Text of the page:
Miller and Sarat 1980281; Morgan 1999; Yngvesson 1984).
In this study, I build on these findings to examine whether
women and men make different decisions about legal strategies,
and whether relational distance is evident as a factor in decisions to
complain in a legal institution. Pathbreaking studies have relied on
observation and survey data; this study will evaluate findings via a
survey using vignettes. The project separates legal action against a
stranger, acquaintance, or close friend. Unlike most extant work, I
also examine multiple stages of the litigation process (the decision
to file suit, how to respond to a settlement offer, and whether to
appeal a losing verdict), and disputes involving two different types
of legal injuries. Gender does sometimes shape the decision making
of potential plaintiffs, though it varies by the stage of litigation and
the nature of the harm. Gender does not appear to interact with
the plaintiff ’s connection to the potential defendant. This project
gives us more insight into which individuals pursue legal action
and, consequently, who does—and does not—undertake the risks
and benefits of the legal system. It also illustrates how gender can
shape the legal system in subtle, but still important ways.
The Decision to Litigate
Insights about relational distance contrast with frames relying
on rational calculation and psychological biases. For those who
Wofford 967
work in the law and economics vein, choices about litigation can
be understood as the consequence of litigants’ expected value cal-
culations (Priest and Klein 1984; Robbennolt 2014). Given per-
fect and symmetrical information, litigants decide whether to
settle cases or proceed to trial based upon which option provides
the highest expected value (Cooter and Ulen 2012). Potential liti-
gants, in other words, are rational actors whose choices are
driven by strategic calculations (Boyd 2015; Boyd and Hoffman
2012; Hylton 2000).
Psychological factors can shape calculations. Individuals can
overestimate their chances for success, have biased perceptions
about how much their injury is worth, and be overly confident in
the likelihood of victory (Babcock et al. 1995; Moore and Healy
2008; Robbennolt 2014). In addition, people’s propensity for
risk-taking (assumed by the standard economic model to be neu-
tral or low) varies depending upon whether they are anticipating
gains or losses (Kahneman and Tversky 1984): plaintiffs actually
become more likely to take a chance at trial given a low probabil-
ity of winning the case (Guthrie 2000). Interestingly, there is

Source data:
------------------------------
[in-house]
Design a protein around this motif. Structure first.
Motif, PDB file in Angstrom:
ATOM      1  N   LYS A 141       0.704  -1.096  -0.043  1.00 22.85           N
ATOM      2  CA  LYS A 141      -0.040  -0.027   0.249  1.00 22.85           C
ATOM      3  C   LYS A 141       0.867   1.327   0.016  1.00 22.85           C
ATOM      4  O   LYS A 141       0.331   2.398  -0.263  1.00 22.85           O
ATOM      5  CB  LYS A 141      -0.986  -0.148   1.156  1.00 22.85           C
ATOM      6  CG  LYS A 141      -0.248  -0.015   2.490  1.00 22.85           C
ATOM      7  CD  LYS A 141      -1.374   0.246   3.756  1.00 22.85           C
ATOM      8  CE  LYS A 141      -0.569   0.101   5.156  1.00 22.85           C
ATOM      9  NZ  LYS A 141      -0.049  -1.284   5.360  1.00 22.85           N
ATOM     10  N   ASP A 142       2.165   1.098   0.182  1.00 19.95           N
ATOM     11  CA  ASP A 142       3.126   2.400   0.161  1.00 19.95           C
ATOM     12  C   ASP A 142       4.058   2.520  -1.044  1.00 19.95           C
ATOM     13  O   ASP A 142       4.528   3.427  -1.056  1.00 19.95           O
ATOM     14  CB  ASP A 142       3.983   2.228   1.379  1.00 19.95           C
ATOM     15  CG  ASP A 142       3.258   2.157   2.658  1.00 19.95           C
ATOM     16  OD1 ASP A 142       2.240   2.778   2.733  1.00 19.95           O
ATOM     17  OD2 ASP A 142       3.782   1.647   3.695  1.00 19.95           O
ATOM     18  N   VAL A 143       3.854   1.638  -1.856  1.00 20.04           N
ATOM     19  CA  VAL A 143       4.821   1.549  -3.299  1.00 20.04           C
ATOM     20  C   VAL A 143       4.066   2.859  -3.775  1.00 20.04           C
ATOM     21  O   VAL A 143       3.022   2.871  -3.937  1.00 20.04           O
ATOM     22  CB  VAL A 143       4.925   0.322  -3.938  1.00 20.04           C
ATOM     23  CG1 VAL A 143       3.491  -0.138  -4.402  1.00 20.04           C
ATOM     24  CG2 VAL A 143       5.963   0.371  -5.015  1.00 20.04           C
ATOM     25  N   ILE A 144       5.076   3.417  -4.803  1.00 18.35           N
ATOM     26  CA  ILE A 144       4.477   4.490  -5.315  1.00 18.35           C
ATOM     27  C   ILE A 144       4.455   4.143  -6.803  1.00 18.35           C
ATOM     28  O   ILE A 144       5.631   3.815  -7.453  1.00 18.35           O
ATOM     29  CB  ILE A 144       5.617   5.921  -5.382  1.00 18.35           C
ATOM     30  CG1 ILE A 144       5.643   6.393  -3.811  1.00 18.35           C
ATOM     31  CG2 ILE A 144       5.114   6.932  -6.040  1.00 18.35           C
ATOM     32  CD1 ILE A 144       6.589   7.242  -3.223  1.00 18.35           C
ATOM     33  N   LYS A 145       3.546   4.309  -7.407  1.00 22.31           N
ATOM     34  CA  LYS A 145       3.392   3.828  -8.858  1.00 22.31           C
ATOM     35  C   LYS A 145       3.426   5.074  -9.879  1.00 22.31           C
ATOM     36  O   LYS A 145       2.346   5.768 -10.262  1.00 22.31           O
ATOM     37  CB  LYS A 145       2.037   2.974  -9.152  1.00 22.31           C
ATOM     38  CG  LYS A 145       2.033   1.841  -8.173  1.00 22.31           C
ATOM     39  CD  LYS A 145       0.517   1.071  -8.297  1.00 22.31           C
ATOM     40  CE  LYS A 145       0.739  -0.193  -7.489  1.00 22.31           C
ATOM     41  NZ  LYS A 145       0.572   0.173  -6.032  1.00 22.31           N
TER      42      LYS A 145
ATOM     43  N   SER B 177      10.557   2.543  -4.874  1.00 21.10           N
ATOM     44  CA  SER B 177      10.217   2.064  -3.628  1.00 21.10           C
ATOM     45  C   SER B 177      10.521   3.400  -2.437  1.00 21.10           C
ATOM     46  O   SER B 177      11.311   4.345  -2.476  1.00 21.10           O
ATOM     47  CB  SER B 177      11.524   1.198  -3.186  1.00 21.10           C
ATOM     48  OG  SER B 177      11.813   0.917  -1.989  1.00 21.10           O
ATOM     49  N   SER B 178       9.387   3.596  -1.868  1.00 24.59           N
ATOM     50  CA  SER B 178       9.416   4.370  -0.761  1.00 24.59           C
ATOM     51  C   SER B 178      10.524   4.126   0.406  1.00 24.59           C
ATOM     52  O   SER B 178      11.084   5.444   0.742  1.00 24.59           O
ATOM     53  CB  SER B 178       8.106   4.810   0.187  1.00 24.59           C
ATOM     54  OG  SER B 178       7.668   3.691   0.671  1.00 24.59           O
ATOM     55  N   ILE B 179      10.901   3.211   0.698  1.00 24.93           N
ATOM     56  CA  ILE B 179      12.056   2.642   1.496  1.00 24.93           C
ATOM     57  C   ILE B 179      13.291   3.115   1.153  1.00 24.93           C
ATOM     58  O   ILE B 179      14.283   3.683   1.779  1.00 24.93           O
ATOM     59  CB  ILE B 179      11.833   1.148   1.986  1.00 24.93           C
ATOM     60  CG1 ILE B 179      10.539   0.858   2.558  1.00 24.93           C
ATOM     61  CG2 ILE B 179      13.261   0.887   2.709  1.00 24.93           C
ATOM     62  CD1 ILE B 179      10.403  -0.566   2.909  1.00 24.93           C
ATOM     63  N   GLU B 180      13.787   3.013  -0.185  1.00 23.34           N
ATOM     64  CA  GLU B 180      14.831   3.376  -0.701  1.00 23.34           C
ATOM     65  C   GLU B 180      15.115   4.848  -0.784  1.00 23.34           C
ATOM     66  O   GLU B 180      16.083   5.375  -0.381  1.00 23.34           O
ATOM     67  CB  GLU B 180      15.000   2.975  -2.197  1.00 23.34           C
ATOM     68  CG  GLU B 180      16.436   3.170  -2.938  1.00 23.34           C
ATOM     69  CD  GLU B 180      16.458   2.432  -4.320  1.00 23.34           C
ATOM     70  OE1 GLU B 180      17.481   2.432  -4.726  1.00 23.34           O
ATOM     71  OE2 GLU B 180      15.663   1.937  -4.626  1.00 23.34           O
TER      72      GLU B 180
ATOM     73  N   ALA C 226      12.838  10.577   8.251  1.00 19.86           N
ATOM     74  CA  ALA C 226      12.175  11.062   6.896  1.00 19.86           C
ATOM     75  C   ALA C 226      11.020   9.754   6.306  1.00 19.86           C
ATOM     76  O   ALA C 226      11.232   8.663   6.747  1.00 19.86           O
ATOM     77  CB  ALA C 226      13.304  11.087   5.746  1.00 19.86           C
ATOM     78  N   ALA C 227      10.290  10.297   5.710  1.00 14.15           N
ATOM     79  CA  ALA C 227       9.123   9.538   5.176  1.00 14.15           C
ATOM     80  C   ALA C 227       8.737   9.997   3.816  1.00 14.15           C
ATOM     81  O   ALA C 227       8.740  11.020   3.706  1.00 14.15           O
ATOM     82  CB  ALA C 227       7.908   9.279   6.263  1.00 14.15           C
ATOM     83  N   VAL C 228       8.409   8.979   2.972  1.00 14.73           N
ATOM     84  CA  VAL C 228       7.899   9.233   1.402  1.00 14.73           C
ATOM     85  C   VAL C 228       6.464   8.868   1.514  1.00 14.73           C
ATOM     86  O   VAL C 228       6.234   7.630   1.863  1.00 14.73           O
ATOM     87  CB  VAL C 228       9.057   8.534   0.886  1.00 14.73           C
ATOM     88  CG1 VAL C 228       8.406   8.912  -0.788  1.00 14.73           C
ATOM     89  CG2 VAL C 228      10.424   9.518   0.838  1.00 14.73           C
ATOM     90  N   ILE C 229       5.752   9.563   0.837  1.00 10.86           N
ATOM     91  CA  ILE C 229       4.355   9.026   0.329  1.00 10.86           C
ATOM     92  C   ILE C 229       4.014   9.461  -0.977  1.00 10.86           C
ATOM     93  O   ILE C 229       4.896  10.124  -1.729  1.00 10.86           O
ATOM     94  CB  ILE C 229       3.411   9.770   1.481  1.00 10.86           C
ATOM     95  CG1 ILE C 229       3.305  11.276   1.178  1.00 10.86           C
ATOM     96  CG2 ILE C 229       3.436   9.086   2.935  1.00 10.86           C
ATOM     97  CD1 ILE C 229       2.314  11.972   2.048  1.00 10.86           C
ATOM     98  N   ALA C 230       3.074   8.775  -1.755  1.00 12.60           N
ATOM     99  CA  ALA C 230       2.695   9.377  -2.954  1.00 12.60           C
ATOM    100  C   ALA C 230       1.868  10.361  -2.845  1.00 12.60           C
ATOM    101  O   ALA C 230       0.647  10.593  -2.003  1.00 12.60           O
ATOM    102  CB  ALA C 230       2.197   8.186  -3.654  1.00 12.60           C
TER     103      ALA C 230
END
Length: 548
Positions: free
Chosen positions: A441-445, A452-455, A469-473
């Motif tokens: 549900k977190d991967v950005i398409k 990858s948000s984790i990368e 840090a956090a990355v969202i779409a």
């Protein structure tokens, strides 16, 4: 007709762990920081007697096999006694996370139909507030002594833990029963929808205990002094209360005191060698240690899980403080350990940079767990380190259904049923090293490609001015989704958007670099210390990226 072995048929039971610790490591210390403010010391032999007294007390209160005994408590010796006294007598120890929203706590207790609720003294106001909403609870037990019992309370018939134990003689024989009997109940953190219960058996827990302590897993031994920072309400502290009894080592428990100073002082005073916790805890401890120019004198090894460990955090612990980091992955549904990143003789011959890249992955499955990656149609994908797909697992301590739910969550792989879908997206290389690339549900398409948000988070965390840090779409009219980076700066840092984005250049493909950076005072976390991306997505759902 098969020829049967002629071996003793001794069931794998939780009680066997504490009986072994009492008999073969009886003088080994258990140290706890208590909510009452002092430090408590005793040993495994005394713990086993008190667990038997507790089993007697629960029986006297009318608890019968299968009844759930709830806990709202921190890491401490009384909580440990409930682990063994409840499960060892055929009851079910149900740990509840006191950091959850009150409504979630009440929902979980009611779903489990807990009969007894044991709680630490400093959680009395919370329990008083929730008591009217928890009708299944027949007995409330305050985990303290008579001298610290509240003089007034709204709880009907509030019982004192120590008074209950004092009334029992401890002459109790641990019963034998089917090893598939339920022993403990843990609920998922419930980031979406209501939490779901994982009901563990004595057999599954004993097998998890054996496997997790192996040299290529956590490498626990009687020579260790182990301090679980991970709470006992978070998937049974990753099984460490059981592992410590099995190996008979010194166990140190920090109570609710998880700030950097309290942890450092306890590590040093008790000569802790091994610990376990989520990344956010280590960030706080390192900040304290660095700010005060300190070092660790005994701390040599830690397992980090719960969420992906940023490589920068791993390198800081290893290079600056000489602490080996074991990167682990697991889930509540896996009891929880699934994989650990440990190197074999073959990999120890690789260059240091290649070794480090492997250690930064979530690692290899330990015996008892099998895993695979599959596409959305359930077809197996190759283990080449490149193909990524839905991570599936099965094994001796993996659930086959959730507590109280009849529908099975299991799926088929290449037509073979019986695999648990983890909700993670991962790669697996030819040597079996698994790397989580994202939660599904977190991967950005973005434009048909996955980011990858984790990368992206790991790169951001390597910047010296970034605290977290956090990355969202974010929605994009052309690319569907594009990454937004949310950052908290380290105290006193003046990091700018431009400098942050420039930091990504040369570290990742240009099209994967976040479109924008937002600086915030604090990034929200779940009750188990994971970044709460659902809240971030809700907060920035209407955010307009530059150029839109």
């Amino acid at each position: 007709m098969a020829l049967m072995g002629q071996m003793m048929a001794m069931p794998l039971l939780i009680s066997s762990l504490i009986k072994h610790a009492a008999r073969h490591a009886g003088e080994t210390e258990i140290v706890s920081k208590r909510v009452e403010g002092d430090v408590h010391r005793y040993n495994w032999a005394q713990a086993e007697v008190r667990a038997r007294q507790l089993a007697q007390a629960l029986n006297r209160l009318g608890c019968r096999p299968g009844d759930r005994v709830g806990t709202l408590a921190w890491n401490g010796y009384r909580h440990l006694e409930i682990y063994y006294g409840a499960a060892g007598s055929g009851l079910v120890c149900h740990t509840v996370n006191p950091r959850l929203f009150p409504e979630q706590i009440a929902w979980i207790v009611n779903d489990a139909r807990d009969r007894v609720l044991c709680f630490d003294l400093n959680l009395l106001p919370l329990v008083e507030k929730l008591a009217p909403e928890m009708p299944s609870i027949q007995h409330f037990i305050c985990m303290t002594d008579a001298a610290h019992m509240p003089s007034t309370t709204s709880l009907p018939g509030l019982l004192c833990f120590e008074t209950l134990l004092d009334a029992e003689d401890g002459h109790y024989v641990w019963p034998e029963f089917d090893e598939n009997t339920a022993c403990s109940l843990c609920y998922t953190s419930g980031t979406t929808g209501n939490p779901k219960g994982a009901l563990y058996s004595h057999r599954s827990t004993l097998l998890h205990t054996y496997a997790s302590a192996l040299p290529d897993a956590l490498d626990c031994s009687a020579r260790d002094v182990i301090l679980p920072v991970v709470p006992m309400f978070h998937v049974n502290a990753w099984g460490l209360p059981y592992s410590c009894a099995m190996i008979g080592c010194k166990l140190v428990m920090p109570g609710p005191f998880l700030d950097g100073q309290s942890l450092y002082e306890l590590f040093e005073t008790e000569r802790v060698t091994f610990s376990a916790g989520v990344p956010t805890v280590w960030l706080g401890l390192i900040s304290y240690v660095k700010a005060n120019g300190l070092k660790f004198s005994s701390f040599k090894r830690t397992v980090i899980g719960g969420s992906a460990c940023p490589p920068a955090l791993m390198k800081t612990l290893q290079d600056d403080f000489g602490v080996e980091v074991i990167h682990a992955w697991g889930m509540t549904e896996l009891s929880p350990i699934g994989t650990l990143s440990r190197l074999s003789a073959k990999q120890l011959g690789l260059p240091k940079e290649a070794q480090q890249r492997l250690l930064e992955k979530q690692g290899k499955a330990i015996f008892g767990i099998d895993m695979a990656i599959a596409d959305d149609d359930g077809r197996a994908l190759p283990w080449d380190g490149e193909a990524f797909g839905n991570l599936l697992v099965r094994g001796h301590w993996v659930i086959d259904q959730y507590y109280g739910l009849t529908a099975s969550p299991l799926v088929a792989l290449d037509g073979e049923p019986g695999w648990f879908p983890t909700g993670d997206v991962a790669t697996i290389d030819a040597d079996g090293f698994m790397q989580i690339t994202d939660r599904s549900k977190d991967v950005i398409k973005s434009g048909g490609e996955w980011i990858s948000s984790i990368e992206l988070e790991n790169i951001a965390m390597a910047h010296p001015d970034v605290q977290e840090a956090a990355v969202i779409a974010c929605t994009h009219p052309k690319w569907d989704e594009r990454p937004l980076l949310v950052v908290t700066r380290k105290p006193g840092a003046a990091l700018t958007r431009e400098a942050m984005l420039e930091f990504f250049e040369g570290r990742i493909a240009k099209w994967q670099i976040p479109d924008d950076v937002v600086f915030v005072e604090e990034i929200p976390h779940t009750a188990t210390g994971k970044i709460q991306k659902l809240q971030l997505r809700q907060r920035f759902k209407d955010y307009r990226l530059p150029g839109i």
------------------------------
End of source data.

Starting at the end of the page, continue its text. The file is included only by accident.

some evidence that these frames differ between men and women
(Kim 2012; Umphrey 2003) and that women may evaluate gains
and losses differently than men (Harris and Jenkins 2006).
Building from Felstiner et al.’s (1980–81) concept of “naming,
blaming and claiming,” see, for example, Berrey et al. 2012, 2017).
Nielsen et al. (2017) have argued that identifying the injury as
potentially actionable (“naming”), identifying the party responsible
for the injury (“blaming”), and demanding a legal remedy
(“claiming”) depend on the individual’s location in the social hierar-
chy. They suggest that members from marginalized minority groups
will be more likely to recognize instances of racial discrimination but
less likely to seek remedy through the legal system.
Scholars of legal consciousness are interested in dispute proc-
essing, particularly the “naming” and “blaming” stages (Ewick
and Silbey 1998; Hoffmann 2003; Silbey 2005). They emphasizes
the importance of internal aspects of the individual such as emo-
tion, principles and values, and psychological frames (Abrams
2011; Hadfield 2008; Marshall 2003; Relis 2006; Sandefur 2007).
More tangible traits such as income, education, and knowledge of
the legal system also shape how individuals understand conflicts
and whether or not they take legal action to resolve them (Berrey
et al. 2012; Genn and Paterson 2001; McDonald and People
2014). Members of disadvantaged groups (such as the poor,
women, and racial minorities) seem less likely to pursue legal
remedies or claims of discrimination in particular, behavior which
seems driven in part by their beliefs about the legal system’s
inability to understand and respond to their complaints (Balmer
968 Effect of Gender and Relational Distance